Who doesn't hate carrying around their laptop? Even the lightest ones weigh a couple of pounds and can be a huge burden to lug around the city. That's where portable apps, ones stored on a USB drive, come in.
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When I was in primary school, kids used to pass around printed out copies of The Anarchist's Cookbook and we would delight in the type of mischief and mayhem that book described. My favourite entry was the one for the floppy disk bomb. According to the book, with a little bit of match powder and nail polish, you could create a "bomb" out of a 3.5-inch floppy drive that would successfully fry the hard drive on a computer.
If you're an owner of a new Apple MacBook, HP Spectre or Samsung Galaxy Note 7 you'd be familiar with the slim, high-speed, high-power USB Type-C connector. It's set to become the new standard, with its reversibility (that's right, there's no wrong way up with the USB-C) just one of the advantages. It can power laptops, transfer data and solve world hunger (okay, maybe not that last one).
Now Intel have hailed it as the ideal — and superior — alternative to the headphone jack.
USB-C is a great new connector, but has been somewhat slow in its inevitable march to becoming the default option. But now a range of new products from laptops to phones use USB-C, so there are a handful of accessories sporting the new plug. So what different options are there, and how much do they cost?
Over the past six months, the state of USB-C cables and chargers has been a minefield. That's OK, you tell yourself, just stick with stock accessories and all should be well. Except no. An independent researcher has discovered that even Google's boxed chargers for its Nexus phones can be defective, putting your devices at risk.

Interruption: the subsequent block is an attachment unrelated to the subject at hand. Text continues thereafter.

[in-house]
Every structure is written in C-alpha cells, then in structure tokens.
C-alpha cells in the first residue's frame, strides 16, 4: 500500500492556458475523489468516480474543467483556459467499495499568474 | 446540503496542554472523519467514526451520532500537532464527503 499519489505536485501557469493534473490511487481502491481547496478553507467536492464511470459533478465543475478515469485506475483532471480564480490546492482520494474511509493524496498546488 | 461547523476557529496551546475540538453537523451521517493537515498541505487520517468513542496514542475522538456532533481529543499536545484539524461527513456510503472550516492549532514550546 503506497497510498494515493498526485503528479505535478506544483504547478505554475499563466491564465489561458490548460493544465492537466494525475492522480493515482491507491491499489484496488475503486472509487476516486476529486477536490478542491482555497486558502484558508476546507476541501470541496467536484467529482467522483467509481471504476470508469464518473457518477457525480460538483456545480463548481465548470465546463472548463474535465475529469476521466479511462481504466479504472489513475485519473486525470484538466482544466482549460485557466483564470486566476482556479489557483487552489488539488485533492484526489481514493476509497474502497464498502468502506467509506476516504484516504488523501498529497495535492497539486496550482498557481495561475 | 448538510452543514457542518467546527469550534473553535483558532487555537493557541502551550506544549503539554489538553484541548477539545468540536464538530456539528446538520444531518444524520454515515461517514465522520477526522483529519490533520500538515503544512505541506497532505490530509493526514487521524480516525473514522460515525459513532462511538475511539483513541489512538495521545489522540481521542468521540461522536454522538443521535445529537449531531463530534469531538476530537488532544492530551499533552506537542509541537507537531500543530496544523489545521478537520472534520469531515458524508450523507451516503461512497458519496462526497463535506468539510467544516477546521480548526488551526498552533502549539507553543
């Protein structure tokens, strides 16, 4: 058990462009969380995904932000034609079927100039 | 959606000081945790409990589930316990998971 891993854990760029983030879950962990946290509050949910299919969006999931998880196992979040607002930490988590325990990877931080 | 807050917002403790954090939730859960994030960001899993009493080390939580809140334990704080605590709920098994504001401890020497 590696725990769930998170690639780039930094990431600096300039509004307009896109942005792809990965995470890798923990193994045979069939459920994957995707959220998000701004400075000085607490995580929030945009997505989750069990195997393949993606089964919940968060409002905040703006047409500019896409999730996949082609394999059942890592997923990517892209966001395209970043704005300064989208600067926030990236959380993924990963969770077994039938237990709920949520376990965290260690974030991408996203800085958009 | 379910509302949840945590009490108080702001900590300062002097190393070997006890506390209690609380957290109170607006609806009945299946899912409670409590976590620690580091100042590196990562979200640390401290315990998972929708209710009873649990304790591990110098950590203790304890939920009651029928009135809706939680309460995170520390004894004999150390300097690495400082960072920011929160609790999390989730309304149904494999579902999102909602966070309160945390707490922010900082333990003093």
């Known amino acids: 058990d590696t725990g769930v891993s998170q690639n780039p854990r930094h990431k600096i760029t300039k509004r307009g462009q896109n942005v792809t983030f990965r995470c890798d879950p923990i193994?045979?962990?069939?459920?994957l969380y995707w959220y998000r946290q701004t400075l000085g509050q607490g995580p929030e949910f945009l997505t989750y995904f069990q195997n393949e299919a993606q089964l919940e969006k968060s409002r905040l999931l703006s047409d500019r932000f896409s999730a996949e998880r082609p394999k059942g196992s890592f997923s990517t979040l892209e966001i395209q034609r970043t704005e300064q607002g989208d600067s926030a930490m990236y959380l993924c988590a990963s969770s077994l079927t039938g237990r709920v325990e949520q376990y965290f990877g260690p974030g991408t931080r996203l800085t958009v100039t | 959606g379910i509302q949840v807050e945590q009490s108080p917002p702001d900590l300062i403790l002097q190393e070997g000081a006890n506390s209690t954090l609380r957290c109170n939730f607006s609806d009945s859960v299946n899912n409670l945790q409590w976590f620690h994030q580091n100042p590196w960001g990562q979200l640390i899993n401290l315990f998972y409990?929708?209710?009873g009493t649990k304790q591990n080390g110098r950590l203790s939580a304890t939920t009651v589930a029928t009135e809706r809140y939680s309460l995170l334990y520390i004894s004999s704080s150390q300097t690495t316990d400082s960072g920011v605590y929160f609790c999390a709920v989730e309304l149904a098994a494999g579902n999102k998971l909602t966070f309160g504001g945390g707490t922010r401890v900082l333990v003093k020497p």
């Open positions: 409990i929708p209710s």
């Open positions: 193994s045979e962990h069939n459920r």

Government-sponsored hackers are using a clever trick to attack critical infrastructure like nuclear power plants, dams and oil refineries. According to Eric Knapp, chief cybersecurity engineer at Honeywell, one third of malware found in critical infrastructure came from USB drives plugged in by users.
Seagate and Lacie have launched a few new portable hard drives in Australia this past week, and they're all designed for the future. Like the new Seagate Innov8, two new Lacie drives — including one for an eye-watering $2400 — are built around superfast USB 3.1 Gen 2, with built-in power and reversible data connectors.
USB-C is a fantastic new standard for almost everything, unless you have a crappy cable, in which case you might accidentally fry your laptop. The people behind USB-C understandably see this as a problem, so a fix is in the works.
A cheap USB-C cable can fry your phone or computer. So it's nice to see that Amazon is taking action, clamping down on the sale of poor-quality USB-C cables that don't make the grade.
Centuries ago, man's biggest struggle was survival. Today, it's finding a way to keep our smartphones charged until bedtime. But instead of having to hunt for an available power outlet, Nathalie Teugels has designed a comfy chair that converts your fidgets and nervous energy into usable electricity.
If you've configured two-step verification for your Gmail account, rather than checking your mobile for codes you can plug in a verified USB stick instead. You can carry it wherever you go, and of course, it doesn't lose battery or signal. According to Google, it also offers better protection against phishing attacks. Here's how you can set it up.
If you were hoping to simply grab a USB Type-C adaptor and reuse all your micro USB cables and accessories with your shiny new Nexus 5X or 6P — you might want to think again. According to Benson Leung, a senior software engineer at Google, you should stay away from basically all such adaptors until the company gives the say so.
The last thing you ever want to do is connect a random flash drive you've found to your computer's USB port. But a security researcher who goes by the nickname 'Dark Purple' has created an even more dangerous flash stick that can physically destroy your computer — not just infect its drives.